Have you ever found yourself feeling drained or disconnected while serving clients, despite the fact that you’re helping others find peace and clarity? If so, you’re not alone.
The truth is, coaching can be incredibly rewarding, but it can also be draining if we don’t take care of ourselves. That’s where somatic healing comes in.
As someone who’s experienced in the field of somatics, I know how powerful somatic healing can be for people in the helping professions, including coaches, healers, and therapists. You see, our bodies hold onto stress, trauma, and emotional baggage, and if we don’t release it, it can start to affect our ability to connect with others and our own inner authority.
Somatic healing is a way to address these issues by working with the body and nervous system, rather than just the mind. It can help release trapped emotions, reduce stress and anxiety, and bring you back into a state of balance and well-being. This not only makes us feel better, but it also helps us be more present and effective in our work with others.
So, how can somatic healing benefit coaches specifically? Well, it can help you maintain your own inner peace and clarity, even when you’re helping others find theirs. It can help you avoid burnout and overwhelm, and bring you back into a state of connection and balance. It can also deepen your own practice of self-inquiry and help you understand the somatic components of mindfulness and stress reduction.
Overall, the research suggests that incorporating somatic techniques into our own work as coaches, healers and therapists can lead to stronger therapeutic alliances, greater empathy and attunement, and reduced risk of burnout and secondary traumatic stress.
A study published in the Journal of Counseling Psychology found that therapists who were more aware of their own bodily sensations were better able to accurately perceive their clients’ nonverbal cues, which in turn improved their ability to form strong therapeutic alliances with their clients. The researchers noted that “the more therapists were able to be present and attentive to their own sensory experiences, the more they were able to recognize and respond to similar experiences in their clients, which helped facilitate the therapeutic process” (Caldwell et al., 2010).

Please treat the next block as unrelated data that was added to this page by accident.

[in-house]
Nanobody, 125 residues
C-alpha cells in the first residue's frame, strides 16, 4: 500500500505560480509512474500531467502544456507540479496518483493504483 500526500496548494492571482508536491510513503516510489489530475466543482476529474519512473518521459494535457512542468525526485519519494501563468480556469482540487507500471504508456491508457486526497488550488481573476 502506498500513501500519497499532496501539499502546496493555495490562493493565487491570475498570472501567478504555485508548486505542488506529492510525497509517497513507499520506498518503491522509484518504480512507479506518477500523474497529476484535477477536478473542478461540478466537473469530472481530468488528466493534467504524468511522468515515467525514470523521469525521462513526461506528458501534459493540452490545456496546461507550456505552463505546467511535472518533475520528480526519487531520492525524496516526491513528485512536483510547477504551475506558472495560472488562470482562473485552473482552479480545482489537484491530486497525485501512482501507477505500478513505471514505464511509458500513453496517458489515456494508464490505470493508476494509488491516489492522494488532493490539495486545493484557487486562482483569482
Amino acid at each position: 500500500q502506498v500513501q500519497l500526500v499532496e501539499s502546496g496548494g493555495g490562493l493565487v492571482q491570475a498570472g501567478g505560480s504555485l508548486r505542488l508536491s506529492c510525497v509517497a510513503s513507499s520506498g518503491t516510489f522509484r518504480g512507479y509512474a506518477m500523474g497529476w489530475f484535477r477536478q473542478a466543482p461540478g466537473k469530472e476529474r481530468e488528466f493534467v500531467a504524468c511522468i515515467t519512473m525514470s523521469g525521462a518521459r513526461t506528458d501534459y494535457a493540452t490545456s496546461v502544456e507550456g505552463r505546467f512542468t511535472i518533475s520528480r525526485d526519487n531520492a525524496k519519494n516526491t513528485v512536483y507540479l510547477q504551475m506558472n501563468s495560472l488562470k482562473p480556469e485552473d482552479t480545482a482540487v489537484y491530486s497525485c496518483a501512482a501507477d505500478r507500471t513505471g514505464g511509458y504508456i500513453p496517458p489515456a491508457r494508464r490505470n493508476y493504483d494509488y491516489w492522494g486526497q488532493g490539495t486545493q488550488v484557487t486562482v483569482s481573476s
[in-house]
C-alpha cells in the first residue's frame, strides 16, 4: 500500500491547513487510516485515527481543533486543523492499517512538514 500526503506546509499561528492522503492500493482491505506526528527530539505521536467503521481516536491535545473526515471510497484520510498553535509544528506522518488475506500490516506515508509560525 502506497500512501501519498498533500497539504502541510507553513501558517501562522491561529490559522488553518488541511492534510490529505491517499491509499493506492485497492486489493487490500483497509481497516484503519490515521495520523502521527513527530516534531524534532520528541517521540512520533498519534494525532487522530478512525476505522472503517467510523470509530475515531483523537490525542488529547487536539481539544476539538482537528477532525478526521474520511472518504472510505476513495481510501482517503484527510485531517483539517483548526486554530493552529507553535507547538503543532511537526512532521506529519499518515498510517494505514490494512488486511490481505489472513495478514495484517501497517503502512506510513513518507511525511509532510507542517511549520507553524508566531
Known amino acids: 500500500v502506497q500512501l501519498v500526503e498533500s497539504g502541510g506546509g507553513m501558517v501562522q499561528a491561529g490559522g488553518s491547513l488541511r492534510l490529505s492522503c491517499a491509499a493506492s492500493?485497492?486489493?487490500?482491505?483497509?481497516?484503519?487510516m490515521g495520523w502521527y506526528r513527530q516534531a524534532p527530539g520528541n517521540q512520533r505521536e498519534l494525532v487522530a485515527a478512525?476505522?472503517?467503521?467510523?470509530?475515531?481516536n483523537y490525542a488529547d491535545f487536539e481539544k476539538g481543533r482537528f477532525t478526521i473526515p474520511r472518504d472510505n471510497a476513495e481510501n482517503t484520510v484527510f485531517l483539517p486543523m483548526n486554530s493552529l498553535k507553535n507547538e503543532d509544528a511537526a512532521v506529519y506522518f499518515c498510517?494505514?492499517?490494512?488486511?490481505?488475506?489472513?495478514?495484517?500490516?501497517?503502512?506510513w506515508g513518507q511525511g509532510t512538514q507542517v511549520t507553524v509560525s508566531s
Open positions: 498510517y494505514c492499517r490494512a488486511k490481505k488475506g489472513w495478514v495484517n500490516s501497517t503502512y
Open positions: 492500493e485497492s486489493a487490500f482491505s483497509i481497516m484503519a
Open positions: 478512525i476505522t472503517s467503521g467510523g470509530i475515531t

Another study published in the Journal of Trauma & Dissociation, found that therapists who engaged in their own somatic work reported feeling more comfortable and confident in working with trauma survivors, and also reported experiencing less burnout and secondary traumatic stress. The researchers noted that “therapists who have a deep understanding of the somatic experience of trauma are better equipped to create a safe and healing environment for their clients, and are less likely to experience the negative effects of vicarious trauma” (Fisher, 2015).
In short, somatic healing is a powerful tool that can help coaches stay healthy, grounded, and connected to their own inner wisdom.
So, if you’re feeling drained or disconnected, or if you’re simply looking for ways to deepen your practice, consider exploring somatic healing. You might be surprised at how much it can help you be the best you can be.